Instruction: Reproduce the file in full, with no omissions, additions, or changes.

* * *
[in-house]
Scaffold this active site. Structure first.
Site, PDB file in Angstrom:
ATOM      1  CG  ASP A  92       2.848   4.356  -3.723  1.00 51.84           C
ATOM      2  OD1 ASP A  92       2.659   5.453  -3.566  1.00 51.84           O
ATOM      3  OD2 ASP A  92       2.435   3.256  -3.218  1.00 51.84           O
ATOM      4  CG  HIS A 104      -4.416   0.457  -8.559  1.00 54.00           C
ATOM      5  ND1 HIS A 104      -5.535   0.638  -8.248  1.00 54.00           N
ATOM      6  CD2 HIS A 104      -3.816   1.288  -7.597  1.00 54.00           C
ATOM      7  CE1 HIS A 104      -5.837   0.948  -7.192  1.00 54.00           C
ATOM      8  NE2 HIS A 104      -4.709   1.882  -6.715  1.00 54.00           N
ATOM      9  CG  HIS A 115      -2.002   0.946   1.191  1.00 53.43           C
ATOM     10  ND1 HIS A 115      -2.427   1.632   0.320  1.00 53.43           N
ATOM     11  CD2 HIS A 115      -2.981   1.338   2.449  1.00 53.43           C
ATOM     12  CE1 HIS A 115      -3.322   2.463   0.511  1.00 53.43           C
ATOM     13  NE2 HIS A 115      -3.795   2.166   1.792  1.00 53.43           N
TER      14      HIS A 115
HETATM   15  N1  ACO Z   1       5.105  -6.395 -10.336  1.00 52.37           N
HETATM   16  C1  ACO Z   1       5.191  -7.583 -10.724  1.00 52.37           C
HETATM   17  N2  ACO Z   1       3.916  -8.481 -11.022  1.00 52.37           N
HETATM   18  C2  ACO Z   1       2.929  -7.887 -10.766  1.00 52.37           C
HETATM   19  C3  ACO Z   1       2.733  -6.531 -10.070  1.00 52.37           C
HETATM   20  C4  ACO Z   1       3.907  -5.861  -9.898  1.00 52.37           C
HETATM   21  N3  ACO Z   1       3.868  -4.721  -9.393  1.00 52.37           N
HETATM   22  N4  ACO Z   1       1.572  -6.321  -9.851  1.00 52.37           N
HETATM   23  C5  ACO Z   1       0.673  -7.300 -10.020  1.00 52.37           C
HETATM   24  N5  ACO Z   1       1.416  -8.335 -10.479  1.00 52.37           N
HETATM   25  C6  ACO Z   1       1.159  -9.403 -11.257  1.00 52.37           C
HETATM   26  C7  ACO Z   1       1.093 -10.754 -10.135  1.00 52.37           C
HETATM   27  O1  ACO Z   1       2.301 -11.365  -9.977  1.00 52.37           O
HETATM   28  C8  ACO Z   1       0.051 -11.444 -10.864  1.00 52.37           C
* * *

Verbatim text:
[in-house]
Scaffold this active site. Structure first.
Site, PDB file in Angstrom:
ATOM      1  CG  ASP A  92       2.848   4.356  -3.723  1.00 51.84           C
ATOM      2  OD1 ASP A  92       2.659   5.453  -3.566  1.00 51.84           O
ATOM      3  OD2 ASP A  92       2.435   3.256  -3.218  1.00 51.84           O
ATOM      4  CG  HIS A 104      -4.416   0.457  -8.559  1.00 54.00           C
ATOM      5  ND1 HIS A 104      -5.535   0.638  -8.248  1.00 54.00           N
ATOM      6  CD2 HIS A 104      -3.816   1.288  -7.597  1.00 54.00           C
ATOM      7  CE1 HIS A 104      -5.837   0.948  -7.192  1.00 54.00           C
ATOM      8  NE2 HIS A 104      -4.709   1.882  -6.715  1.00 54.00           N
ATOM      9  CG  HIS A 115      -2.002   0.946   1.191  1.00 53.43           C
ATOM     10  ND1 HIS A 115      -2.427   1.632   0.320  1.00 53.43           N
ATOM     11  CD2 HIS A 115      -2.981   1.338   2.449  1.00 53.43           C
ATOM     12  CE1 HIS A 115      -3.322   2.463   0.511  1.00 53.43           C
ATOM     13  NE2 HIS A 115      -3.795   2.166   1.792  1.00 53.43           N
TER      14      HIS A 115
HETATM   15  N1  ACO Z   1       5.105  -6.395 -10.336  1.00 52.37           N
HETATM   16  C1  ACO Z   1       5.191  -7.583 -10.724  1.00 52.37           C
HETATM   17  N2  ACO Z   1       3.916  -8.481 -11.022  1.00 52.37           N
HETATM   18  C2  ACO Z   1       2.929  -7.887 -10.766  1.00 52.37           C
HETATM   19  C3  ACO Z   1       2.733  -6.531 -10.070  1.00 52.37           C
HETATM   20  C4  ACO Z   1       3.907  -5.861  -9.898  1.00 52.37           C
HETATM   21  N3  ACO Z   1       3.868  -4.721  -9.393  1.00 52.37           N
HETATM   22  N4  ACO Z   1       1.572  -6.321  -9.851  1.00 52.37           N
HETATM   23  C5  ACO Z   1       0.673  -7.300 -10.020  1.00 52.37           C
HETATM   24  N5  ACO Z   1       1.416  -8.335 -10.479  1.00 52.37           N
HETATM   25  C6  ACO Z   1       1.159  -9.403 -11.257  1.00 52.37           C
HETATM   26  C7  ACO Z   1       1.093 -10.754 -10.135  1.00 52.37           C
HETATM   27  O1  ACO Z   1       2.301 -11.365  -9.977  1.00 52.37           O
HETATM   28  C8  ACO Z   1       0.051 -11.444 -10.864  1.00 52.37           C